State has no constitutional obligation to supply tobacco: PDP

Chhimi Dema

People’s Democratic Party (PDP) countered the government’s justification to allow the sale of tobacco through the Bhutan Duty Free Ltd yesterday, calling it unconstitutional.

The party said that it could cost the ruling party its place in the Parliament.

The party in a strongly worded three-page press release yesterday blamed the government of not upholding the rule of law and breaching the provisions of the Constitution.

For any executive order that overrules a provision of the law passed by the Parliament, there should be other laws to immobilise this provision, says PDP.

PDP mentioned that the country has not declared Emergency under Article 33 of the Constitution.

Attorney General’s (AG) statement that the right to import tobacco has to supersede Tobacco Control Act and the government’s measure of setting tobacco outlets was refuted by  PDP saying it is up to the consumers to import or not.

“If the circumstances do not favour importing by consumers themselves, it may not be right for the government to act by violating the very law that is protecting these consumers,” says PDP.

PDP said, “The right to import tobacco is a legal right given by the Tobacco Act and not a fundamental right given by the Constitution.”

Going by the AG’s statement, the closure of business were not decided upon emergency sessions but by an executive order. PDP counters that it exhibits AG’s notion that the enforcement agencies without question has to abide by orders that are not sanctioned by the law but passed by the government.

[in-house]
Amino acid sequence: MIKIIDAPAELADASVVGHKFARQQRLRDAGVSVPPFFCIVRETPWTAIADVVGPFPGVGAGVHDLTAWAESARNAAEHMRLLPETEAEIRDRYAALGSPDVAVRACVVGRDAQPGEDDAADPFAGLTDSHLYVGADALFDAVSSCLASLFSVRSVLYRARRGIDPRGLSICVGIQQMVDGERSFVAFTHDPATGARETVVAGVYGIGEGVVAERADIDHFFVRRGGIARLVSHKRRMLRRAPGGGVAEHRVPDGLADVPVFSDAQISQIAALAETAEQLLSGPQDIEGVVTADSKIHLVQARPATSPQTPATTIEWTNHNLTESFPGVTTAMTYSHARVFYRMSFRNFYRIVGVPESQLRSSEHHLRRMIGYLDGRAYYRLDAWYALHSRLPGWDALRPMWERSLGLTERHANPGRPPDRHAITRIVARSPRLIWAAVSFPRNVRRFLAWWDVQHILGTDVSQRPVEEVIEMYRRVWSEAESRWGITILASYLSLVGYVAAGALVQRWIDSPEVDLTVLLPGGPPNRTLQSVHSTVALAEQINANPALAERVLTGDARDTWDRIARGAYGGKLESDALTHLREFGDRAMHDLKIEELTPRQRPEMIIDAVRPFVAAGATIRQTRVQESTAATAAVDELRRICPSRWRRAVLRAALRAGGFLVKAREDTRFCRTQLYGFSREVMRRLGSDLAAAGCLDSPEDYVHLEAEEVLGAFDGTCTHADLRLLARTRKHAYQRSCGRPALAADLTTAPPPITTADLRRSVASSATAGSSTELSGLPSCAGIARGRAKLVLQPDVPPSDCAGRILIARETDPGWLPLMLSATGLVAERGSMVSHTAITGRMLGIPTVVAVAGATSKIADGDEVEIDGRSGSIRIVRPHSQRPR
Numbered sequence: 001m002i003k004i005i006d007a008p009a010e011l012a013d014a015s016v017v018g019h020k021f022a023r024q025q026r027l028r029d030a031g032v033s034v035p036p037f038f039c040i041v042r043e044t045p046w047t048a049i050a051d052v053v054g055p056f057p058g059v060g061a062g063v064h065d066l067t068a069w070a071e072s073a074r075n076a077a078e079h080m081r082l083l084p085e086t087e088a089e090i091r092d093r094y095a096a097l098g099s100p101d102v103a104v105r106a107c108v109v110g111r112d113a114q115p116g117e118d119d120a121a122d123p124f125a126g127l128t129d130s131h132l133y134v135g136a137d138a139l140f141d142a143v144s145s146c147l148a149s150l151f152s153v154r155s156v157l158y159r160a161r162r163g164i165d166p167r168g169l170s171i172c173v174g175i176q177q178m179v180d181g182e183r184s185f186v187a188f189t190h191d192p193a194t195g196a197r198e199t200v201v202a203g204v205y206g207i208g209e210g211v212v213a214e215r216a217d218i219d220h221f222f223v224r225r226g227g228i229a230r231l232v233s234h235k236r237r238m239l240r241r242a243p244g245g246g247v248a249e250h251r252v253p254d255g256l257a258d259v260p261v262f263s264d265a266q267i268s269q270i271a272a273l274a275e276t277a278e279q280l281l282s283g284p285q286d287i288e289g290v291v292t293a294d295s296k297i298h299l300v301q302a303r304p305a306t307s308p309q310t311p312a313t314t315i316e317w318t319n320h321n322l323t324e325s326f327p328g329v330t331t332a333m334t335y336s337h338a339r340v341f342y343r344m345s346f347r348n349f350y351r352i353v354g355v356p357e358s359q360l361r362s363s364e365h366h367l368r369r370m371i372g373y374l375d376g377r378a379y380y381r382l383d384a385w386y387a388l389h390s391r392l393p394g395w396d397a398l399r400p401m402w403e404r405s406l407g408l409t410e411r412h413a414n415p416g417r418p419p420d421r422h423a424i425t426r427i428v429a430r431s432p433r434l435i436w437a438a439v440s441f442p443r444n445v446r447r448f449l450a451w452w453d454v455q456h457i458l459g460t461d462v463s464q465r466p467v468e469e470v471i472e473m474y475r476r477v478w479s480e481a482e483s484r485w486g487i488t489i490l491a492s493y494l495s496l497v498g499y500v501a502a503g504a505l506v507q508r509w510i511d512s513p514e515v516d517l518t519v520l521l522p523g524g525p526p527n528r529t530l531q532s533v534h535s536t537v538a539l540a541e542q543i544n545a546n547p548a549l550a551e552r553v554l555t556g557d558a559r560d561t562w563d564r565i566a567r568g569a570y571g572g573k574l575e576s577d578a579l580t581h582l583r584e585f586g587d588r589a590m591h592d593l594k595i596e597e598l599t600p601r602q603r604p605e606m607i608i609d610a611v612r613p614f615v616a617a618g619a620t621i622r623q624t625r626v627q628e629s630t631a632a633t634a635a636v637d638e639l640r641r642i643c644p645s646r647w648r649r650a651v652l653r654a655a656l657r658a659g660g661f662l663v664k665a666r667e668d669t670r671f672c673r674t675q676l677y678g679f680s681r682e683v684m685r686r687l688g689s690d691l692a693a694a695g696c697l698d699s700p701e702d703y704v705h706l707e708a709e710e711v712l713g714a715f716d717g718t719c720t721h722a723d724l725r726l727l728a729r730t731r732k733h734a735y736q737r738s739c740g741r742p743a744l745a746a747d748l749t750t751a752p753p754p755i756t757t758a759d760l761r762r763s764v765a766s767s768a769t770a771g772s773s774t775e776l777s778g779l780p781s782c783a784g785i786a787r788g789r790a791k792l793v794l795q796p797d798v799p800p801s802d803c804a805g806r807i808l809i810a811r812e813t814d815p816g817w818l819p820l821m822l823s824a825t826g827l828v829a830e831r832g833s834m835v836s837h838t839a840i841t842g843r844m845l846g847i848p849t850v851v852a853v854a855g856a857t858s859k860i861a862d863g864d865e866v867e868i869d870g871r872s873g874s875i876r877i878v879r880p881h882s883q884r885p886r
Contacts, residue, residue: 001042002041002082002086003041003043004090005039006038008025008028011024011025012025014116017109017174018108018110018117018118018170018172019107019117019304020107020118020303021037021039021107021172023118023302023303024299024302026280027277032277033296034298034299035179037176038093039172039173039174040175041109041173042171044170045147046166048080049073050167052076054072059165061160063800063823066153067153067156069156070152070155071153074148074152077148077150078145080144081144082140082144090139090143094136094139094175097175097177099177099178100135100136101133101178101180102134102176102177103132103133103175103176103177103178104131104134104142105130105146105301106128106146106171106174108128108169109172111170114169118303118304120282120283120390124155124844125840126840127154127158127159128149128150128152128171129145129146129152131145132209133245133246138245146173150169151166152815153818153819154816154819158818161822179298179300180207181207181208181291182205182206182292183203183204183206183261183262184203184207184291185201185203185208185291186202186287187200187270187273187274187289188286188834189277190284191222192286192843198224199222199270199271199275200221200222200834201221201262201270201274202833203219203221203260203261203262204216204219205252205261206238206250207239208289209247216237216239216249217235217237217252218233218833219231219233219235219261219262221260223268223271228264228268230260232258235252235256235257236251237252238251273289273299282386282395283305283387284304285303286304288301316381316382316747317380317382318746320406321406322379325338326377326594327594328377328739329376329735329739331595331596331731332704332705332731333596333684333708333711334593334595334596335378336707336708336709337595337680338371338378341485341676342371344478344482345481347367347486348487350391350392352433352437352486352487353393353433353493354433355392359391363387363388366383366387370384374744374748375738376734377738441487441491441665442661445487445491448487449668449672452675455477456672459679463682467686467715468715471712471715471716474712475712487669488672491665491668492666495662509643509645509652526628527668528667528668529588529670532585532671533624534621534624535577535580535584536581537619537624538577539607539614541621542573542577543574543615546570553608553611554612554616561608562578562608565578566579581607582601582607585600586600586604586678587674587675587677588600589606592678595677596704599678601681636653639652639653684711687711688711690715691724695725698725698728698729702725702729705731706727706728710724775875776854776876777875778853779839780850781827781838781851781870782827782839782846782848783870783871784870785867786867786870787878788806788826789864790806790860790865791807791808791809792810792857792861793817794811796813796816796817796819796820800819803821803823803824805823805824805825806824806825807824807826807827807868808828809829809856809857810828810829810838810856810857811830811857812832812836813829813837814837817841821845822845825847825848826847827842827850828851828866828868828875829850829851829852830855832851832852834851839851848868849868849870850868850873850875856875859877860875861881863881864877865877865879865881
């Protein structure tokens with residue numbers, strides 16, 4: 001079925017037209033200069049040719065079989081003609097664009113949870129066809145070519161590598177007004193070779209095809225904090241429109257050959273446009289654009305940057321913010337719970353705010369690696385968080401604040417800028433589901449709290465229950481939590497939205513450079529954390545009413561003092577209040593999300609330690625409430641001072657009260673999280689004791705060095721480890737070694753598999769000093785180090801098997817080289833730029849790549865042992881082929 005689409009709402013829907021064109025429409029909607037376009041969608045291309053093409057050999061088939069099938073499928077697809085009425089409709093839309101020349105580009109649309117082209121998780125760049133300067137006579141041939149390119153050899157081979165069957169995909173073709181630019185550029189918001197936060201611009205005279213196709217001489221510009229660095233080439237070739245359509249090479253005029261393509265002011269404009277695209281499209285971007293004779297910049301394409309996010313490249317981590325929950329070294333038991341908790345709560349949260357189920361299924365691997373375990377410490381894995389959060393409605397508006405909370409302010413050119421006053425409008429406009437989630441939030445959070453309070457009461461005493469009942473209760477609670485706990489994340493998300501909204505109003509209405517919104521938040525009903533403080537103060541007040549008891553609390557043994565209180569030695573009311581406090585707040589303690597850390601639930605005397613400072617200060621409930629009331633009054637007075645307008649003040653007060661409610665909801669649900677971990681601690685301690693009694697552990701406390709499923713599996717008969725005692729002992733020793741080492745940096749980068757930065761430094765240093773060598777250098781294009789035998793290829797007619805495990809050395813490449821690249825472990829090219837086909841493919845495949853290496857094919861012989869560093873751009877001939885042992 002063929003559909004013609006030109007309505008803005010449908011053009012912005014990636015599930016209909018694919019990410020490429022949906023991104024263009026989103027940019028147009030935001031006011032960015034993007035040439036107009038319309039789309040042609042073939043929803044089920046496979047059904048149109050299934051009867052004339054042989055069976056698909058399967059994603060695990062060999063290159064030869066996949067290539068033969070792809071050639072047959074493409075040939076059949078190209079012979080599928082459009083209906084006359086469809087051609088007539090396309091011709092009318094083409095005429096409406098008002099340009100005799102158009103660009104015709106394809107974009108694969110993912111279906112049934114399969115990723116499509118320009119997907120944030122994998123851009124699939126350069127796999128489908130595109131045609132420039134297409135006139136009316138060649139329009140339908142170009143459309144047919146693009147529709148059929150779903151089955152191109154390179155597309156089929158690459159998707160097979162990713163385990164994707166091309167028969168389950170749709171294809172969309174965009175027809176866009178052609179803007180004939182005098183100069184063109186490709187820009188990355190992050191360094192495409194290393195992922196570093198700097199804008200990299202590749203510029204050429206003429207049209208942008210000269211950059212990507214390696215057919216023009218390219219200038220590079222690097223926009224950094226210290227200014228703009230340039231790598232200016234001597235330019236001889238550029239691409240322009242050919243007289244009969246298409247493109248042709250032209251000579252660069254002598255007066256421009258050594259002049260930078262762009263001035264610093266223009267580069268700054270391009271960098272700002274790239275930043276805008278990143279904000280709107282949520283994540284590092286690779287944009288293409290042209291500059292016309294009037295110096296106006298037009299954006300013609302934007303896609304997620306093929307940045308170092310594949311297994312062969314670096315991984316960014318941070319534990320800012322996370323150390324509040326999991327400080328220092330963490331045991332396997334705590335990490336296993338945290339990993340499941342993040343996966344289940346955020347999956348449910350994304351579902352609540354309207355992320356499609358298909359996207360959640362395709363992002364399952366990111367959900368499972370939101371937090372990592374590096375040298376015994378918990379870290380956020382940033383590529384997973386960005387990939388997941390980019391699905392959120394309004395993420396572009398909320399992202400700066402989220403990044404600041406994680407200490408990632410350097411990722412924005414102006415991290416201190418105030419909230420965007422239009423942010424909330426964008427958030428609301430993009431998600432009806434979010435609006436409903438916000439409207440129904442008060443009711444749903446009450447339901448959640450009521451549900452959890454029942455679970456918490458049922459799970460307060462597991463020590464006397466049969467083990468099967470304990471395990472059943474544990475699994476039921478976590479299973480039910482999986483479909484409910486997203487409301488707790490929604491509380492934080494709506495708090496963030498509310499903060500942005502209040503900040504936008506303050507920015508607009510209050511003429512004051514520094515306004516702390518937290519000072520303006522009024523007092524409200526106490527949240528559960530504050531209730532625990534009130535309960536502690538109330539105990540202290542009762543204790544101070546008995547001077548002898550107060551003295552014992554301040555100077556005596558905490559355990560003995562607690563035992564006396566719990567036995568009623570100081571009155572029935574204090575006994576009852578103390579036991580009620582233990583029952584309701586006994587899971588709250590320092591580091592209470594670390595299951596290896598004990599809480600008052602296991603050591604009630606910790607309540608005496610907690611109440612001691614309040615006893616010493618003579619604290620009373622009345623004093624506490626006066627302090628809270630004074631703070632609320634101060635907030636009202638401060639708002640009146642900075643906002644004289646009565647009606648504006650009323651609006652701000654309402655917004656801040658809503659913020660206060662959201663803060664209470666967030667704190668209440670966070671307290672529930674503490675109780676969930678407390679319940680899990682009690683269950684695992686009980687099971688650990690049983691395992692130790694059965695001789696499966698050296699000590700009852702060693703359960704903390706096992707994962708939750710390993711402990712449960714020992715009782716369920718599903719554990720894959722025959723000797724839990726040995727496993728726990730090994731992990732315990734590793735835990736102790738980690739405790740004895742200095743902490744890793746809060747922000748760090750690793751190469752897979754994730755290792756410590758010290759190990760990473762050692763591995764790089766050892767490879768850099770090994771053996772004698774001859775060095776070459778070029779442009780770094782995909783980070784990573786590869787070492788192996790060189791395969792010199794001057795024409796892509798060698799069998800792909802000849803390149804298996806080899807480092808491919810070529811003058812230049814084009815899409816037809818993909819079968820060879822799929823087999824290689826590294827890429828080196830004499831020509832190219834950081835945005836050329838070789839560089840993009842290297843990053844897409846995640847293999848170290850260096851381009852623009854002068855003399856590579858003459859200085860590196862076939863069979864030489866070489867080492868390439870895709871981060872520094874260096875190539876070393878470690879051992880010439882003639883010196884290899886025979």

Citing examples of other nations, PDP stated that decisions that were undertaken during exigent situation are “either backed by law or have congressional or parliamentary endorsement.”

PDP counters AG’s opinion that law becomes secondary for an exigent situation that compels the government to act as a “scary proposition of law.”

PDP said that the government without declaring an emergency that the law becoming secondary denotes that “the government can take any action regardless of whether or not it is in conformity with the Constitution and other laws including Parliamentary decisions.”

PDP justified that even in national state of emergencies apart from Sections 2, 3, 5, 12 and 19 under Article 33(7), the rest 17 sections are effectual.

Along with the government, PDP said that people who bought tobacco products from outlets were liable for penalty for violating Section 11 (C) of the Tobacco Control Act by buying tobacco within Bhutan.

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